The move by the Bangladesh Parliament to amend a law to appeal against the judgement granted by the court, in order to turn it from a life sentence to a death sentence, shows that old bitterness dies hard. The wounds from 1971 still have a long time to go before they heal. Prime Minister Sheikh Hasina’s term has had as its focus the redressal of the wrongs committed against East Pakistan of the time. Those who have genuinely dissented and those who turned to violence and killing against the Bengali community appear to enjoy no distinction. Democracies all over the world allow for freedom to legitimate political dissent and there is no reason why Bangladesh should not do so. Criminals of the war crimes should be punished but they should not be denied the right to a fair trial through partisan lawmaking or state manoeuvres to prove the innocent guilty just to satiate the bloodlust of a vengeful government.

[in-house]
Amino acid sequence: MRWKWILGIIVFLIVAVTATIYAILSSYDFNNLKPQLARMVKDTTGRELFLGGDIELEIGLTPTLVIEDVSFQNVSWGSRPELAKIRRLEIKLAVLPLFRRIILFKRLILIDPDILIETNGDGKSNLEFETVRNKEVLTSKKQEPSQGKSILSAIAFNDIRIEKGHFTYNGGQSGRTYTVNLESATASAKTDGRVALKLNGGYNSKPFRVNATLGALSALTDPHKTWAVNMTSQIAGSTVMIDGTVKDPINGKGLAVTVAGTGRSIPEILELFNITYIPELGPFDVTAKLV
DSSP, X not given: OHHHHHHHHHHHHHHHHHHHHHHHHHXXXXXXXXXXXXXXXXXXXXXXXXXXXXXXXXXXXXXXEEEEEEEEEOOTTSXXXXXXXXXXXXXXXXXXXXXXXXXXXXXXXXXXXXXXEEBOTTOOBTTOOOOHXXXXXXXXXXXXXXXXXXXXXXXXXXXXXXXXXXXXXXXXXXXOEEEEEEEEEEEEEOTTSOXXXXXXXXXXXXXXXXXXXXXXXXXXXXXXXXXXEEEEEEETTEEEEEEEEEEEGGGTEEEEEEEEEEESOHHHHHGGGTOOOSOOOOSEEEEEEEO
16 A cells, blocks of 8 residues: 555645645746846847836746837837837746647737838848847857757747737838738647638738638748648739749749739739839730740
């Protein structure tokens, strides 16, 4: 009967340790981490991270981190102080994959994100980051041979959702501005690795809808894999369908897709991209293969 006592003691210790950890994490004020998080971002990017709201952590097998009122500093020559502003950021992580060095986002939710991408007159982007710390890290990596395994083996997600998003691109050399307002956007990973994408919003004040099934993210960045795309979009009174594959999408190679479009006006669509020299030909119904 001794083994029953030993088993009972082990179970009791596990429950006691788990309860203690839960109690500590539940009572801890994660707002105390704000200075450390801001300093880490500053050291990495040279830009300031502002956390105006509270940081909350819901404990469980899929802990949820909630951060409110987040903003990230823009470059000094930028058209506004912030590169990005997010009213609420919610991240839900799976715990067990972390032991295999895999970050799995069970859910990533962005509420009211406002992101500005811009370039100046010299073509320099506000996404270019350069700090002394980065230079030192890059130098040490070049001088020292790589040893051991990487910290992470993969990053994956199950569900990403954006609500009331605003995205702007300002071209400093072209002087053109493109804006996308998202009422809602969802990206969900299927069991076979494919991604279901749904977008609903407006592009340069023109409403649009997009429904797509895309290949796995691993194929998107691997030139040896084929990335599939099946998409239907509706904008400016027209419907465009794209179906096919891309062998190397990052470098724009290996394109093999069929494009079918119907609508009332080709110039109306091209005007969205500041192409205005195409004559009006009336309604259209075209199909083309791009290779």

At the end of the day, Dhaka could do well not to dredge up the relics of the war. Hatred will breed more hatred. Instead focus ought to be on building ties with Islamabad that has sincerely been expressing its wish to foster a lasting relationship with the Bengali people.